WASHINGTON: President Barack Obama called for unity with newly empowered Republicans in a State of the Union policy speech that laid the foundation for the second half of his presidential term and next year’s fight for re-election.
Obama staked out territory in America’s political center. He defended programs dear to his Democratic base, including the federal Social Security pension program and his health care overhaul. He promised investments in clean energy technology and biomedical research and criticized tax cuts for wealthy Americans.
But he also backed some top priorities of Republicans, who took control of the House of Representatives this month. He called for cutting the corporate tax rate, freezing some federal spending, shaking up the federal bureaucracy and eliminating lawmakers’ pet projects.
He made a direct appeal for bipartisan lawmaking: “We will move forward together or not at all.” The White House released Obama’s prepared speech about an hour before he delivered it.
The nationally televised address before both chambers of Congress is always one of America’s most closely watched political events, but this year’s speech had extra drama.
For the first time in his two-year presidency, Obama was appearing before a divided Congress. After November elections that Obama has described as a “shellacking,”
Republicans narrowed the Democratic advantage in the Senate as well as taking control of the House of Representatives.
Obama, who has rebounded in opinion polls in recent weeks, was looking to position himself above politics, even as both parties maneuver for advantage ahead of the 2012 presidential vote.
Obama said the American people are counting on their leaders to create jobs in the United States.
“At stake right now is not who wins the next election,” Obama said. “After all, we just had an election.”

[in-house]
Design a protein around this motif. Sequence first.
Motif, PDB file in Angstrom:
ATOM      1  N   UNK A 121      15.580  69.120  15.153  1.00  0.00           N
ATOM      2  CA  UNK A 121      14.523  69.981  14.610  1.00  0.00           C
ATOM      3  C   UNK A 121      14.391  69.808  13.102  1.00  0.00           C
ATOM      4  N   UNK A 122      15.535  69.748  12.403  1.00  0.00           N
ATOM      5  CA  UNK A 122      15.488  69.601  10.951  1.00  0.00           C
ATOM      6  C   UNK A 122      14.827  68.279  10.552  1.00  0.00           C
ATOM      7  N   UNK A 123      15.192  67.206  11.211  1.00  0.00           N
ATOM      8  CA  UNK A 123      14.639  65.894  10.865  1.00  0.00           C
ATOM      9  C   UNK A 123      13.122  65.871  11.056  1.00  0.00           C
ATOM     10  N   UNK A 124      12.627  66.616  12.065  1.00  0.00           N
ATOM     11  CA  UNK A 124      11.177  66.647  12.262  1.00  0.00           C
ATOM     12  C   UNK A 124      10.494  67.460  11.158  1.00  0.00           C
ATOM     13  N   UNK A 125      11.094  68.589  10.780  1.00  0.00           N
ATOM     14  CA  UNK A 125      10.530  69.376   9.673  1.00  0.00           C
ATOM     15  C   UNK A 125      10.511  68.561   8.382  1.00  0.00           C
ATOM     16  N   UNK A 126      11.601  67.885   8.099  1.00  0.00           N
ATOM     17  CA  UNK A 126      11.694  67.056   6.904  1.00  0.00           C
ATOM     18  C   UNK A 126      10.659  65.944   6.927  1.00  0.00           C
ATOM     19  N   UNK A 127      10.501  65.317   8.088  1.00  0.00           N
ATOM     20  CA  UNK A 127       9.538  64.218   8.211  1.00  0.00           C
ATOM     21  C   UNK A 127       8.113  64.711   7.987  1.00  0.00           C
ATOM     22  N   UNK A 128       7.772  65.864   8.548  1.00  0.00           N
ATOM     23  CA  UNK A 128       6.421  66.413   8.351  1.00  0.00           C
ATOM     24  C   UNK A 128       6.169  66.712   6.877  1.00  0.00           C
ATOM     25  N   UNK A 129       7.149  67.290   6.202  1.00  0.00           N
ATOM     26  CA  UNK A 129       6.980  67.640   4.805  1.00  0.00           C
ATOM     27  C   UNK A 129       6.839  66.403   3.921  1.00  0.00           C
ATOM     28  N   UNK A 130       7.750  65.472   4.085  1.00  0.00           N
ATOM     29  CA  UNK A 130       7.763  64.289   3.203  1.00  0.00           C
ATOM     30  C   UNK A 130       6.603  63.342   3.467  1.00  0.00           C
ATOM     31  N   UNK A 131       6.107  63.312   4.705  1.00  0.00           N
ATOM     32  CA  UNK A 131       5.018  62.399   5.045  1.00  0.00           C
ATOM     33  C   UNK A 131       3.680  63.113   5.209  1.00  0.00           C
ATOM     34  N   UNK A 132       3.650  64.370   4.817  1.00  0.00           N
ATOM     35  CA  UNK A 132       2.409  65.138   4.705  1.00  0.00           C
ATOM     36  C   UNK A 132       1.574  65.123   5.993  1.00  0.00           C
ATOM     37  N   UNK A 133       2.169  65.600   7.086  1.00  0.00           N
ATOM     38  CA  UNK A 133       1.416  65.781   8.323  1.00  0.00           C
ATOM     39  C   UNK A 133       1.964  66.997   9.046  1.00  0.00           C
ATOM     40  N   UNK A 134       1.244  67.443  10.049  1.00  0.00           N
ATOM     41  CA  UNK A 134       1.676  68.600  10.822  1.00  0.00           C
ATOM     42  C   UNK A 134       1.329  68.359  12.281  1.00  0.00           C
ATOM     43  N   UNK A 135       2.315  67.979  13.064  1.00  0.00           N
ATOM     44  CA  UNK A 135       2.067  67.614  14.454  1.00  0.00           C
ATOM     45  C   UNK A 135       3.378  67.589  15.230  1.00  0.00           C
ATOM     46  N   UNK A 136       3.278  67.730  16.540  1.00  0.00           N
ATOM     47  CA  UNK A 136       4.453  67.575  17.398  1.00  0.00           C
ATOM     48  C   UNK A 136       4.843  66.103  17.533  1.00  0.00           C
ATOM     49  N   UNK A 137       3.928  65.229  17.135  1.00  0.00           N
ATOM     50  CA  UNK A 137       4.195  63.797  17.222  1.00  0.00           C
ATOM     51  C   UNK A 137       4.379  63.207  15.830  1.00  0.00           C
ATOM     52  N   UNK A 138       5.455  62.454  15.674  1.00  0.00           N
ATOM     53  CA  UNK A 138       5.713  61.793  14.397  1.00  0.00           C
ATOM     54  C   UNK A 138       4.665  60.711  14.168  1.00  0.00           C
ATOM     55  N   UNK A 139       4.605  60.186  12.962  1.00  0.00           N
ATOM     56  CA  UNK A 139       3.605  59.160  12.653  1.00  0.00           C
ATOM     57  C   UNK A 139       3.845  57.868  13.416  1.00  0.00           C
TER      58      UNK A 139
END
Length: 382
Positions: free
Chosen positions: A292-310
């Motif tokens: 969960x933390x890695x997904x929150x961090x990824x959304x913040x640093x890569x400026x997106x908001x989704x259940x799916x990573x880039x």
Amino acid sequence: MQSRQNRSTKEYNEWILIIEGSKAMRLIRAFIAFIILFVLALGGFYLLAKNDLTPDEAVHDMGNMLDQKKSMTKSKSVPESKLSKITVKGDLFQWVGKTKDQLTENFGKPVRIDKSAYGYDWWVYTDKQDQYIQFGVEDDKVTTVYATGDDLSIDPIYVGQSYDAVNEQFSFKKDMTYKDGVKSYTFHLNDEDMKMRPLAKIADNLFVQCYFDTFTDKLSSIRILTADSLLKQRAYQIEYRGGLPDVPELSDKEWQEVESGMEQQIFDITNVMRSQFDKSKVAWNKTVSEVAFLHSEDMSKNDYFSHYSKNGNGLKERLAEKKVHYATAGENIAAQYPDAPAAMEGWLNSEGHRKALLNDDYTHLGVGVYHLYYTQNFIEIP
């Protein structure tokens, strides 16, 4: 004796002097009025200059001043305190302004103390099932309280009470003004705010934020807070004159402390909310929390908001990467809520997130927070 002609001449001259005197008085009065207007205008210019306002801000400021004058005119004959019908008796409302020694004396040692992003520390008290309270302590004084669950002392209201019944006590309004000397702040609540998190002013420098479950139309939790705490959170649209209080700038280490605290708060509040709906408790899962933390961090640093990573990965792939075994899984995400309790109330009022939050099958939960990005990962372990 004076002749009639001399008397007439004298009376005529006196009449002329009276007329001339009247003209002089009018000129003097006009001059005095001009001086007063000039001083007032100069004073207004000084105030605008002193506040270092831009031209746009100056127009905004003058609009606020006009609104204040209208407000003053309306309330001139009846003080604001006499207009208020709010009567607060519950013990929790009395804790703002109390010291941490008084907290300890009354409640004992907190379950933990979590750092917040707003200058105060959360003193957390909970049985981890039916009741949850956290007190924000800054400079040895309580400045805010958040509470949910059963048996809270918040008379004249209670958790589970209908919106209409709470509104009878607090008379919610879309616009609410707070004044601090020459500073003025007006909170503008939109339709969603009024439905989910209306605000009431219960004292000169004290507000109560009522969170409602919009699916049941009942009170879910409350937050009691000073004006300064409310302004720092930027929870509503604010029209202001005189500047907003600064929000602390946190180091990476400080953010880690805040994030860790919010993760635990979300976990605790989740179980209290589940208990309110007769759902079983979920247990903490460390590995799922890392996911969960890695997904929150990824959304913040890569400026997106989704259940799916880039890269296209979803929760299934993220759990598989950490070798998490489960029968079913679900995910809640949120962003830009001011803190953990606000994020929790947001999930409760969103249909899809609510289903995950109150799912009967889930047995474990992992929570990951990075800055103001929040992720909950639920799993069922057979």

Obama focused on federal spending for education, innovation and infrastructure as ways the government can support America’s foundation and help businesses create jobs for a generation. He was pairing that with a call to reduce the federal debt and to make the government leaner.
On a night typically known for its political theater, the lawmakers sometimes seemed subdued. The speech came less than three weeks after Democratic Congresswoman Gabrielle Giffords was seriously wounded in a shooting rampage in Tucson, Arizona, that killed six people.
A seat remained empty in honor of Giffords. Many in both parties wore black-and-white lapel pins, signifying the deaths in Tucson and the hopes for the survivors. Family members of some victims sat with first lady Michelle Obama.
The shooting, though its motives remain unclear, prompted a debate about overheated political rhetoric and the need to tone down Washington’s fierce partisanship. In an attempt at unity following the attack, many Democratic and Republican lawmakers broke with tradition and sat together.
But those gestures did not obscure the sharp political divide between the parties.
Differences were still evident, as when Democrats stood to applaud Obama’s comments on his health care law, while Republicans who want to repeal it sat mute next to them.
One of the most divisive issues is federal spending. Public concern about the growing federal deficit, now topping $14 trillion, was a defining force in the 2010 elections.
Spending has become the central issue for Republicans.
Obama was looking for the upper hand with a call for a five-year freeze on all discretionary government spending outside of national security, the White House said.
That would be almost identical to the freeze Obama called for in his address last year.
Ultimately it may have little effect, as Congress decides the budget on its own terms.
Indeed, the Republican-dominated House voted on Tuesday to return most domestic spending to 2008, pre-recession levels. The 256-165 vote came on a symbolic measure that put Republican lawmakers on record in favor of cutting $100 billion from Obama’s budget for the current year.
Republicans also chose one of their leading voices on spending cuts, House Budget Committee Chairman Paul Ryan, to deliver the party’s televised response to Obama.
“We are at a moment, where if government’s growth is left unchecked and unchallenged, America’s best century will be considered our past century,” Ryan said.
While Obama’s speech included little on foreign affairs, he did announce he will visit Brazil, Chile and El Salvador in March. Obama also called on Congress to approve a recently negotiated free-trade agreement with South Korea as soon as possible.
Obama also said the US stands with the people of Tunisia and all people striving for democracy. The president said the will of the people in the North African country proved more powerful than the rule of a dictator. Tunisia’s autocratic leader, President Zine El Abidine Ben Ali fled the country Jan. 14 after 23 years in power.